Tigers keep Catskin
Marksville High School Tigers players and coaches surround the coveted Catskin banner after defeating the Bunkie Panthers, 44-0, in the season opener for both teams on Sept. 1. Marksville now holds a six-game winning streak in the traditional rivalry game that was put on hold the past two years due to scheduling conflicts. Bunkie holds an overall advantage in the long-running series. The win means the banner will be displayed again this year at Marksville and be up for grabs again next Fall. {Photo by Crystal Fuqua}

Marksville Tigers crush Bunkie Panthers, 44-0, to keep Catskin

Long-running rivalry renewed after two-year lapse

As if there weren't going to be enough distractions with Bunkie and Marksville meeting in football for the first time in three seasons in the renewal of The Battle for the Catskin, Hurricane Harvey added another dimension. Rain from the storm forced both teams into the gym for practices during the week. It also caused Avoyelles Parish to cancel school on Wednesday and Thursday.

The disruptions in routine showed Friday night at Warren Douglas Memorial Stadium.

Playing on a wet and muddy field, Marksville overcame 11 penalties and turned one of five Bunkie fumbles into a second-quarter touchdown that helped turn a close game into a 44-0 rout in the season opener for both schools.

"We did gym stuff this week and no one likes to practice in the gym," said Marksville coach J.T. Dunbar, "but we got some quality work in. You never like to throw them off-kilter, but the kids did well to adapt."

One Marksville player who adapted well was sophomore quarterback Daniel Miller, who was making his first career start behind center. Dunbar said Miller had trouble with turnovers the previous week in the Jamboree and in the Tigers' preseason scrimmage, committing four.

Against Bunkie on a water-logged field, Miller had zero turnovers and guided Marksville on five scoring drives.

"I thought early he danced around too much, but after he settled down, he did a good job running our offense," said Dunbar. "He was efficient with his passing and I'm proud of how he held onto the ball."

Miller finished with 117 yards rushing on 15 carries and was 3-of-6 passing for 57 yards, including a 44-yard touchdown pass to Jacob Young that blew the game open right before halftime.

Miller said practicing in the gym was difficult for a team that prides itself on being physical, but being able to focus on playing Bunkie helped.

"It's great to be part of something like this," said Miller. "It was great to experience this and be part of Marksville history."

Bunkie coach Nick Pujol had to provide a history lesson for his young squad.

"A lot of our players didn't know anything about" the long rivalry between the Avoyelles Parish schools, said Pujol. "They had never played in it."

For a quarter, Bunkie held its own against Marksville. An unsportsmanlike penalty on Marksville helped stall the Tigers' opening possession after they drove from their own 35 to the Bunkie 37. Deon Prater's punt pinned Bunkie at the 8 for the Panthers' opening possession. Marksville allowed a first down via a questionable late hit out of bounds before forcing Bunkie to punt from its 25.

Marksville began its second possession on the Bunkie 48 and needed just five plays and barely two minutes to score, thanks to a 17-yard touchdown run by Young.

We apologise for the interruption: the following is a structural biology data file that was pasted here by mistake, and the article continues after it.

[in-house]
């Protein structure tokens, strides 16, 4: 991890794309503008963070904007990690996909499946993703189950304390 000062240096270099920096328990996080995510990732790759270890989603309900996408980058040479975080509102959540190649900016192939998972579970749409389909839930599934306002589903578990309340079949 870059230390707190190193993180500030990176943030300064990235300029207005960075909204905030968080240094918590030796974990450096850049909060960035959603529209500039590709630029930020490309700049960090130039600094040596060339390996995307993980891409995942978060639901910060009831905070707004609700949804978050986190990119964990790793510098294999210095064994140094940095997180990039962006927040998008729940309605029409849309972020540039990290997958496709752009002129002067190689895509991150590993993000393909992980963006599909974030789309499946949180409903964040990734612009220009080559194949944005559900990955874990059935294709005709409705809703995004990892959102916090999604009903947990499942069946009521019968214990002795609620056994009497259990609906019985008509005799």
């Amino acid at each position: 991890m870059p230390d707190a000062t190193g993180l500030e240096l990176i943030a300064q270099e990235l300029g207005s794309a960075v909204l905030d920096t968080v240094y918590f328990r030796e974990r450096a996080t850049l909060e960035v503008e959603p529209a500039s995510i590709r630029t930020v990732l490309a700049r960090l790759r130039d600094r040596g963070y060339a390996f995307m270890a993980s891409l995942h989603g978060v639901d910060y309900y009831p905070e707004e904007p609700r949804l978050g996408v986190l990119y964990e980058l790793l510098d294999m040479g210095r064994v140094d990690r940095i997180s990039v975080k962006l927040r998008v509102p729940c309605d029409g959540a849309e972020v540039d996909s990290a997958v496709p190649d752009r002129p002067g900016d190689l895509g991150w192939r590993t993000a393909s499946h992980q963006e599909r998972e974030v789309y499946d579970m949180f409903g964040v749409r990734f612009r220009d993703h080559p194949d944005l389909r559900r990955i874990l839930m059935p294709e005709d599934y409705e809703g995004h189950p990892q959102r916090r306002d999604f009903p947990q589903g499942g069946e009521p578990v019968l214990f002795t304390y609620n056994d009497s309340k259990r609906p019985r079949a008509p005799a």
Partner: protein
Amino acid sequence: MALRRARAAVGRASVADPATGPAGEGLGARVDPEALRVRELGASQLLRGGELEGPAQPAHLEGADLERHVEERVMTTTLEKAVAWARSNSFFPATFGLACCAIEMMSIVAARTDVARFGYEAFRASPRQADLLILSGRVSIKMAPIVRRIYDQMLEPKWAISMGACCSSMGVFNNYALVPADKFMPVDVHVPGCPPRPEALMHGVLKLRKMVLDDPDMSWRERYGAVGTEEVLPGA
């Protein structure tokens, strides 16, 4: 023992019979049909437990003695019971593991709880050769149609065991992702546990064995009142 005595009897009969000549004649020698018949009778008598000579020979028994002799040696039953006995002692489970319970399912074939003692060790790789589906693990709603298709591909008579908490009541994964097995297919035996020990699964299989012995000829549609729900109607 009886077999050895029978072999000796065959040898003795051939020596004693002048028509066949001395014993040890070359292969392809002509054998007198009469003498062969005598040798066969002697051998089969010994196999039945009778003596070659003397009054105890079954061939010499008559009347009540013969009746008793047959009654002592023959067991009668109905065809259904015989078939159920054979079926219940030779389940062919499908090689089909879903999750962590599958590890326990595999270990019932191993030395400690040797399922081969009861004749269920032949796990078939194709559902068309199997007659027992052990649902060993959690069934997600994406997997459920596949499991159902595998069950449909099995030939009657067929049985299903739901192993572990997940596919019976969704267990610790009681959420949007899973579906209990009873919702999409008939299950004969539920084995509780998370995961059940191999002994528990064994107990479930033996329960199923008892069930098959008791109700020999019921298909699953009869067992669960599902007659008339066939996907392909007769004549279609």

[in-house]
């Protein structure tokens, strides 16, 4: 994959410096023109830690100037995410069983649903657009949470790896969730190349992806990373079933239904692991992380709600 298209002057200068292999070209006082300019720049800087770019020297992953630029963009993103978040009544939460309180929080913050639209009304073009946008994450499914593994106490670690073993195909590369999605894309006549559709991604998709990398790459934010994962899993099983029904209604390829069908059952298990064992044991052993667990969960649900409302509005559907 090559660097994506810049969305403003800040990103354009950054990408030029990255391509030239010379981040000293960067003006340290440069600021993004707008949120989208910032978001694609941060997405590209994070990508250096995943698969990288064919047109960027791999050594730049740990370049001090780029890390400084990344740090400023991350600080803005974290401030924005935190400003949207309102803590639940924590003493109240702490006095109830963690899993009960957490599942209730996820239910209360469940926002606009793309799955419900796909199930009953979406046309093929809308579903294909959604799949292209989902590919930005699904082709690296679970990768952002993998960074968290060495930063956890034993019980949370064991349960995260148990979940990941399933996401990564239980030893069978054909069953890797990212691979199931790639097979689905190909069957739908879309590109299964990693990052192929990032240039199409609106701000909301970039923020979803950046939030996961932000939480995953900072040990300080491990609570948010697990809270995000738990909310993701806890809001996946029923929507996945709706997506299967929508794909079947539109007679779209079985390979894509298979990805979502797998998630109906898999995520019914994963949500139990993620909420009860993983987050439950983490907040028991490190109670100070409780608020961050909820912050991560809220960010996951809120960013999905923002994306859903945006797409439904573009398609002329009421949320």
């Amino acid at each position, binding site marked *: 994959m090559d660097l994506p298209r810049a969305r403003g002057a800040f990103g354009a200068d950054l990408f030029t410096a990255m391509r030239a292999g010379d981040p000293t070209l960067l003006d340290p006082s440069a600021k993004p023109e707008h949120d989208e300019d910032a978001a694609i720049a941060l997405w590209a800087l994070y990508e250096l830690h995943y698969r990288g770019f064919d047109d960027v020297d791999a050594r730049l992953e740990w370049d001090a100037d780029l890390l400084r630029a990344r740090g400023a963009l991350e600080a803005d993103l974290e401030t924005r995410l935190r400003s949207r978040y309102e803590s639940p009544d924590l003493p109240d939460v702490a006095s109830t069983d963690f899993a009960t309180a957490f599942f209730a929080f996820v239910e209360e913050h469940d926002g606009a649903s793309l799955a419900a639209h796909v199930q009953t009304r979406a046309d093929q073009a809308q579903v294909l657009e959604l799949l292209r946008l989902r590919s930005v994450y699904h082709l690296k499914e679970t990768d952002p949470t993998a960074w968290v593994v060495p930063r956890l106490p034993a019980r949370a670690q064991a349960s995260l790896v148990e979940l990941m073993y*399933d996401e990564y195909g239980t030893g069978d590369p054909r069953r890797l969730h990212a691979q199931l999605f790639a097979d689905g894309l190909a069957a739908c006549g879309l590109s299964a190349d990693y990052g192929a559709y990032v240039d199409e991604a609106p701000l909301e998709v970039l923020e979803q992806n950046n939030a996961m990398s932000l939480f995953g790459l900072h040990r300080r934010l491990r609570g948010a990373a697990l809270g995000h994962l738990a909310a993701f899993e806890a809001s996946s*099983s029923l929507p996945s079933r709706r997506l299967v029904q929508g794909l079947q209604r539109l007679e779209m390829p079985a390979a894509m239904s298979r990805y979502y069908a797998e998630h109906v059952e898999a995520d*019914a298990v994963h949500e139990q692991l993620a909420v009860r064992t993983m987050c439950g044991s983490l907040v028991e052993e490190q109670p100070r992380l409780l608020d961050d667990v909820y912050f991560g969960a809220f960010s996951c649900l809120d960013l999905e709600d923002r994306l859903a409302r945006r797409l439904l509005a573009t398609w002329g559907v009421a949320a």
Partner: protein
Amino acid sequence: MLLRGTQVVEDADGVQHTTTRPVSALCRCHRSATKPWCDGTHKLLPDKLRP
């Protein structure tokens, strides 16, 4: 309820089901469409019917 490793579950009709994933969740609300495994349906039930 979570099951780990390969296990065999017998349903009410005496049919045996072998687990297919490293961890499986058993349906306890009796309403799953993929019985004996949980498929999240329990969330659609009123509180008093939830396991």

Bunkie couldn't mount a drive, but the Panthers' defense forced Marksville to punt. This time, Prater pinned Bunkie at the 2.

Haydn Williber gained 8 yards on first down for Bunkie, but an illegal motion penalty backed the Panthers to the 5. On the next play, Bunkie quarterback Jaylan Mays fumbled the snap and Marksville's Clifford Champ recovered in the end zone for a 12-0 lead.

"That was a huge turnover - the scoop and score to make it 12-0," said Dunbar. "We were having trouble moving the ball. It was a crucial play."

That fumble was one of three times in the first half Mays had trouble with the snap from center. The Panthers would fumble twice more in the second half, losing one of them.

"Those really killed us," said Pujol of the fumbles. "We're not a team built to come back. We have to kill the clock on drives. 

Following Champ's fumble recovery for a 12-0 lead, the Tigers still had trouble moving the ball consistently until their final two possession of the first half. 

Kirk Carmouche capped a five-play, 37-yard drive spanning just more than a minute by taking a direct snap on first-and-goal at the 1. Young added the two-point conversion for a 20-0 lead with 3:08 left in the half.

Bunkie went four-and-out, turning the ball over on downs when Mays was knocked out of bounds a yard shy of the first down at the Bunkie 44. 

On Marksville's first play from scrimmage, Miller hit Young over the middle. Young broke to the far sideline, before cutting back inside the 10 to score on the 44-yard completion with 42 seconds left before halftime. Miller's two-point run gave the Tigers a commanding 28-0 lead.

The Tigers would go on to add second-half scores by Carmouche on a 58-yard run in which he broke several tackles near the line of scrimmage, and a 1-yard run by Trajan Alexander one play after he rushed 26 yards.

"We've got to run between the tackles, and we accepted that challenge in the second half," said Dunbar, whose team finished with 347 yards rushing. "It was the first game, and we understand what's ahead of us."

What's ahead for the Tigers is back-to-back road games against Many and Lutcher.

What's ahead for the Panthers is another parish rivalry game, this time against Avoyelles.

"Marksville was the better team than us tonight, and they took it to us," said Pujol. "We've got 15 guys playing both ways and we need some of the young guys to step up."

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MARKSVILLE WEEKLY

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